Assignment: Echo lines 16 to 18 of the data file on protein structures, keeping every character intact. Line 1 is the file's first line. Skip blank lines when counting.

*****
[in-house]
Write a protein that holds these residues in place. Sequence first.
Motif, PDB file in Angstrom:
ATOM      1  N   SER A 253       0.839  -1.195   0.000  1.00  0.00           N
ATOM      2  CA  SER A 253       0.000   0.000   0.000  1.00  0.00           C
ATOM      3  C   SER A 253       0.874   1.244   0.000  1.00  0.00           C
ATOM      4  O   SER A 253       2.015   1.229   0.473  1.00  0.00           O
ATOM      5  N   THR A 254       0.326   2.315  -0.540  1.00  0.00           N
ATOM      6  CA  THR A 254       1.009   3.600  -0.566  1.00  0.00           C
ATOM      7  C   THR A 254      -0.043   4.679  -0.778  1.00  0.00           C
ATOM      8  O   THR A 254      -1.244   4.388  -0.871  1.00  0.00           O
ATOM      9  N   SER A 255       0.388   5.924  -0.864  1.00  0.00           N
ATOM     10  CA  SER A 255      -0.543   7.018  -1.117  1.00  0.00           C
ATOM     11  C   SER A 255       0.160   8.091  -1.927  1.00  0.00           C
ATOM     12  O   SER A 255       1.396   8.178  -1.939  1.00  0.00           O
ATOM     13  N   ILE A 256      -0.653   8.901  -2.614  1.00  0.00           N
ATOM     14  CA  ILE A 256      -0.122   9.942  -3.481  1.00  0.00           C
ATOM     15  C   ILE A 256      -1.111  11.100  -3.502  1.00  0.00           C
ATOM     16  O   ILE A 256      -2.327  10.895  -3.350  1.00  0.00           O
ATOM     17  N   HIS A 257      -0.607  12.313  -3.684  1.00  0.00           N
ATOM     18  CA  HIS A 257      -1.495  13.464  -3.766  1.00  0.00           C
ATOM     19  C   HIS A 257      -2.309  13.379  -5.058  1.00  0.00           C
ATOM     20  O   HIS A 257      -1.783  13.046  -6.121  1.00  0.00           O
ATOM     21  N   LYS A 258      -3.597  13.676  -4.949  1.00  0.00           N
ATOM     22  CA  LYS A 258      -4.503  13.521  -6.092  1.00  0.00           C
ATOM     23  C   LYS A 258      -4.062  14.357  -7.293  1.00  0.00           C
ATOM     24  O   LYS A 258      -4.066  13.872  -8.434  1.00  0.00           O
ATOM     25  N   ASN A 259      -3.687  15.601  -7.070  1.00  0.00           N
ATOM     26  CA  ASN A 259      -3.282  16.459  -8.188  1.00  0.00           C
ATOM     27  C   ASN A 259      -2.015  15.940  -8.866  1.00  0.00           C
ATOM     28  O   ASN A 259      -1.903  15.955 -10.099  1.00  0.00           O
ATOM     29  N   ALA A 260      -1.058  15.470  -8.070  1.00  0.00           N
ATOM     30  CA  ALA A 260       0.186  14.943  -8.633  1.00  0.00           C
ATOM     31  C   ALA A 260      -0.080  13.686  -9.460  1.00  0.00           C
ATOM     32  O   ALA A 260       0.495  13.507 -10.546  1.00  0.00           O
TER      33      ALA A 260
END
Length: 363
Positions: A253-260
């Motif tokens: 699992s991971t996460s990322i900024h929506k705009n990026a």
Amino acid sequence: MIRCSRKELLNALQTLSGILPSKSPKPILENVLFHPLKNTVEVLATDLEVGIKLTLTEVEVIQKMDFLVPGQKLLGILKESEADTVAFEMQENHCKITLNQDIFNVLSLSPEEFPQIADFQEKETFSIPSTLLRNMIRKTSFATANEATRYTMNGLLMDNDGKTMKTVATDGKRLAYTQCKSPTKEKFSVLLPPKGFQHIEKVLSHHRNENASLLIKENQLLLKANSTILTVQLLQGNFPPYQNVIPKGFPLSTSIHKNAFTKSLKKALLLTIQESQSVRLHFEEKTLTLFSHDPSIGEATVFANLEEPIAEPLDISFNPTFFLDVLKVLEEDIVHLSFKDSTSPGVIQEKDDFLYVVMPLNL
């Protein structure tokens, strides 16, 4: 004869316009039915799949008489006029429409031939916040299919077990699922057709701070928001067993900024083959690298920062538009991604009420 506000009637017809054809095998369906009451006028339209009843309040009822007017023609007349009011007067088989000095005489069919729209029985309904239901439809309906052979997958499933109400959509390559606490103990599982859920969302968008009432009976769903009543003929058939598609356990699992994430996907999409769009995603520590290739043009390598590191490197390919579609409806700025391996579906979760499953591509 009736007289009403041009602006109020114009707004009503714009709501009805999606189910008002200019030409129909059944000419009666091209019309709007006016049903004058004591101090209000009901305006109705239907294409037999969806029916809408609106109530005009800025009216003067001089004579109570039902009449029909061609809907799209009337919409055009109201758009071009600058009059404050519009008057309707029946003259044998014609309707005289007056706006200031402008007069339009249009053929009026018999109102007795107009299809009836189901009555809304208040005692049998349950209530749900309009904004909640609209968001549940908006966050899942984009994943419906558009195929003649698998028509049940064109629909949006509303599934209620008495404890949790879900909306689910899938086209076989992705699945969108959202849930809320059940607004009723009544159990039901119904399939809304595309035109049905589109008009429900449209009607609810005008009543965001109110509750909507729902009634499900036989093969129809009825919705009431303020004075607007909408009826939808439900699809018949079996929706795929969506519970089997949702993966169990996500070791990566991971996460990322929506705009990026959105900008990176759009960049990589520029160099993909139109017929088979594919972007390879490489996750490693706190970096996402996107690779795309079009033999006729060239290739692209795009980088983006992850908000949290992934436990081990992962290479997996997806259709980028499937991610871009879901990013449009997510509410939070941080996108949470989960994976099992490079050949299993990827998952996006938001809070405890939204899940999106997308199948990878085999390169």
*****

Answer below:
ATOM     13  N   ILE A 256      -0.653   8.901  -2.614  1.00  0.00           N
ATOM     14  CA  ILE A 256      -0.122   9.942  -3.481  1.00  0.00           C
ATOM     15  C   ILE A 256      -1.111  11.100  -3.502  1.00  0.00           C